/ Getting dropped on the flat
Does the bike make a huge difference on the flat? I can see that a heavy bike would be a disadvantage on the hills but not sure if it matters so much in other circumstances...
Maybe I've answered my own question.... time for a new bike.
On the flat your bike weight will make little to no difference to the speed you roll at for any particular power output.
It will make a difference to your ability to accelerate.
Did the pace pick up steadily, you initially kept pace but then fell out the back or was there a constant stream of 'attacks' or accelerations, one of which finally snapped the elastic?
Also, was it truly flat or rolling?
Unless you are really (really) skinny then ignore the bike weight and just get stronger / lighter, but don't forget to train for explosive accelerations - which requires something slightly different to the constant power of a hill climb.
ps. If you have the power to weight ratio, plus the acceleration ability, and you've got the stamina from plenty of base miles and you still get dropped from the group as the pace picks up then I would serious reevaluate tactics. Are you really being accurate in how much effort you are putting in at the front early on? Are you fueling right?
Winners usually draft quite a bit ;o)
Where in the group were you? I get dropped on sudden speed increases if I am near the back, better to be mid group which gives to chance to react and keep more people to shelter behind, once off the back its really hard to re-attach
Good tyres really help with flat riding as well
>"but after 62 miles I just couldn't keep up."
Sounds like a fuelling/hydration issue to me... either that or they'd upped the power output to a level you could no longer sustain aerobically.
A lighter bike always helps.
The bike won't make a difference, I can ride people off my wheel on my Thorn touring bike, the only time I really feel the difference is on hills and when people kick and accelerate.
Do get a new bike though, you'll smile and you will go faster.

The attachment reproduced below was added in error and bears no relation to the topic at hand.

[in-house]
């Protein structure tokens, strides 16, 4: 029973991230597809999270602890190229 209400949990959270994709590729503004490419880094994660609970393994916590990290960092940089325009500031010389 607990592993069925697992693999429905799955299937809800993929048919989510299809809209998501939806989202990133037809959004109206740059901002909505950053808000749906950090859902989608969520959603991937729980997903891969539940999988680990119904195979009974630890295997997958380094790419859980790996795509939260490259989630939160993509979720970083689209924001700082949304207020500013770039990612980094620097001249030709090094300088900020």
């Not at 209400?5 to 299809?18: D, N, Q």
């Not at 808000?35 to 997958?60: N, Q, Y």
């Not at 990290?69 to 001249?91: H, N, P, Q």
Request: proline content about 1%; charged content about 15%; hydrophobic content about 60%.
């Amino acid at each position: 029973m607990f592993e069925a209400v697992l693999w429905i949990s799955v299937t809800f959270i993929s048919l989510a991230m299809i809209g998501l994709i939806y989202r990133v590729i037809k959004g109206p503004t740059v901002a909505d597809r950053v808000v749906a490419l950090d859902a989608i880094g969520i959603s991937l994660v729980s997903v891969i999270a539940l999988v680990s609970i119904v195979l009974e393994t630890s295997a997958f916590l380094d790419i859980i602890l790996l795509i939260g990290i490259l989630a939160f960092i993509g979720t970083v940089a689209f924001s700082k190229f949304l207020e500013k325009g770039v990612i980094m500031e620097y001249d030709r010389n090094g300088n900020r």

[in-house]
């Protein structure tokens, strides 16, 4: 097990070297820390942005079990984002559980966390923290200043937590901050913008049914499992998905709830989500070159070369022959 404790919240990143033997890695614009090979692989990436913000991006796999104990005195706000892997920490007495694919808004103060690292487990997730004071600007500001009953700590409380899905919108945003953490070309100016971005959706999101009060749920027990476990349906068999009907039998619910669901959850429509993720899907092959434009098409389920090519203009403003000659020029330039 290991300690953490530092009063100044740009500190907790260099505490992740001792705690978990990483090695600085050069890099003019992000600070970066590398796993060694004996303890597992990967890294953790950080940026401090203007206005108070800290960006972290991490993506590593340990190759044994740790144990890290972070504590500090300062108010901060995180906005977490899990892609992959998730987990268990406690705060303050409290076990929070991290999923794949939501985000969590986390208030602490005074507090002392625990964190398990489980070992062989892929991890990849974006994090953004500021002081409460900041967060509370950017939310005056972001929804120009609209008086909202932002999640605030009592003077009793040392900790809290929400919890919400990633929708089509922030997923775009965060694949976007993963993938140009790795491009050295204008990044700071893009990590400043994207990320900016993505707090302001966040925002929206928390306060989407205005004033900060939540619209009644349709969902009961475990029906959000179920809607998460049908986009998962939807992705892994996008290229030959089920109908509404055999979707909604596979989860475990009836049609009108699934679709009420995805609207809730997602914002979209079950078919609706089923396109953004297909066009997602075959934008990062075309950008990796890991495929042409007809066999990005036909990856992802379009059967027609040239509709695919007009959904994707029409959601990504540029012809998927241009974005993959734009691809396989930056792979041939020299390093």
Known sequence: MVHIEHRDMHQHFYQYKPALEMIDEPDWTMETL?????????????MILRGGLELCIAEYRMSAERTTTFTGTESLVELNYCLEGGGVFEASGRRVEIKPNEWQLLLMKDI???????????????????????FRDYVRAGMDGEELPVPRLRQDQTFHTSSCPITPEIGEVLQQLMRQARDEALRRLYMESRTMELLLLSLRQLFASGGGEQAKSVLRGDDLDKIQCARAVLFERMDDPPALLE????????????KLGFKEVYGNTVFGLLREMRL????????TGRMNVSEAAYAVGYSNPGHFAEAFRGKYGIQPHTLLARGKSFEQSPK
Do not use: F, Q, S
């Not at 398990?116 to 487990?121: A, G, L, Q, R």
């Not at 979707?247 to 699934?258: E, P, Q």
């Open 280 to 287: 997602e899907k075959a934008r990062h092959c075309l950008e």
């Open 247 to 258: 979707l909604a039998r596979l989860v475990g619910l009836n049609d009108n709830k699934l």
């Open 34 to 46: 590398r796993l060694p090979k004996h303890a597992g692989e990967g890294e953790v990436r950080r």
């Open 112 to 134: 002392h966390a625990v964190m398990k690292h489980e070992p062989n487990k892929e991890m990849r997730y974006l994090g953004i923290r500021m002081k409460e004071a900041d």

I love hills and can ride most people out of sight on them, on the flat the stronger guys pay me back for it. It's what you practice and what your build lends itself too, also it does sound a bit like you ran out of energy as others have said.
And remember, the most important thing is that new bike ;-)
I agree with JLS.. Sounds like a fuel problem. Abilty to change "fuel" gears quickly is almost as important as virtual gears!! Also, don't forget the body is perhaps riding an hour earlier??
But I'm guessing you REALLY want a new bike??
Just to recap this thread
The general advice is to get a new bike...
... and eat some more biscuits before, during and after riding ;o)
Just looked at your posting history and spotted last years thread about being unusually fooked for several days after hard riding efforts. Sorted now?
Get a new bike. Get a red one.
> Get a new bike. Get a red one.
I can now see where I went wrong. Whilst my old blue bike is considerably slower than the newer white and black one with red details that I own, I still manage to get dropped on the flat and the hills with some degree of regularity.
The bloke in my LBS who looks liked a Finnish-speaking Marco Pantani told me when I was picking what colour tyres to get when I needed new ones to get yellow, because everyone knows yellow is faster. Then again my old bike's frame was red. But perhaps yellow is faster at higher latitudes?
OP: I'm the opposite, on long rides I become utterly rubbish on hills toward the end, but still can keep up a decent pace on the flat!
Black bikes go fastest up hills, it's just like supercars the really good ones are either red, or black.
I hadn't even considered changing the colour of my tyres, I will have to consult THE RULES about what is acceptable with my handle bar and saddle colour.
Possibly the OP needs to consult rule #5?
> Get a new bike. Get a red one.
It must be true - Cav won the world champs on his red tinged Venge, but couldn't even manage a measly San Remo without the red flecks on his Dogma ;)
Sounds like a Southport CC Sunday club run. The serious 'big ringing' happens once we're clear of the lights at Penwortham -- though anyone who gets dropped on the hill coming out of Preston has to hope that the Traffic lights will slow the hard men down enough to get back on before the action starts.
That's sounds painful - does the team doctor know?
Nope, I've just not done any big rides recently. I fully expect to be completely gubbed if I finish the Fred.
So the consensus seems to be that the bike won't make a lot of difference unless there's hills about. Damn, that's that excuse shot. Was thinking of getting one of those fancy ones with the drop handlebars but I guess drag isn't an issue in a group anyway.
> Nope, I've just not done any big rides recently. I fully expect to be completely gubbed if I finish the Fred.
> Could be, though I did eat a fair amount that morning and on the ride.
> very true.
> So the consensus seems to be that the bike won't make a lot of difference unless there's hills about. Damn, that's that excuse shot. Was thinking of getting one of those fancy ones with the drop handlebars but I guess drag isn't an issue in a group anyway.
It's an issue if you are taking pulls at the front, or if your head and shoulders are sticking up above the pack.
Go on. Get a new bike ;o)
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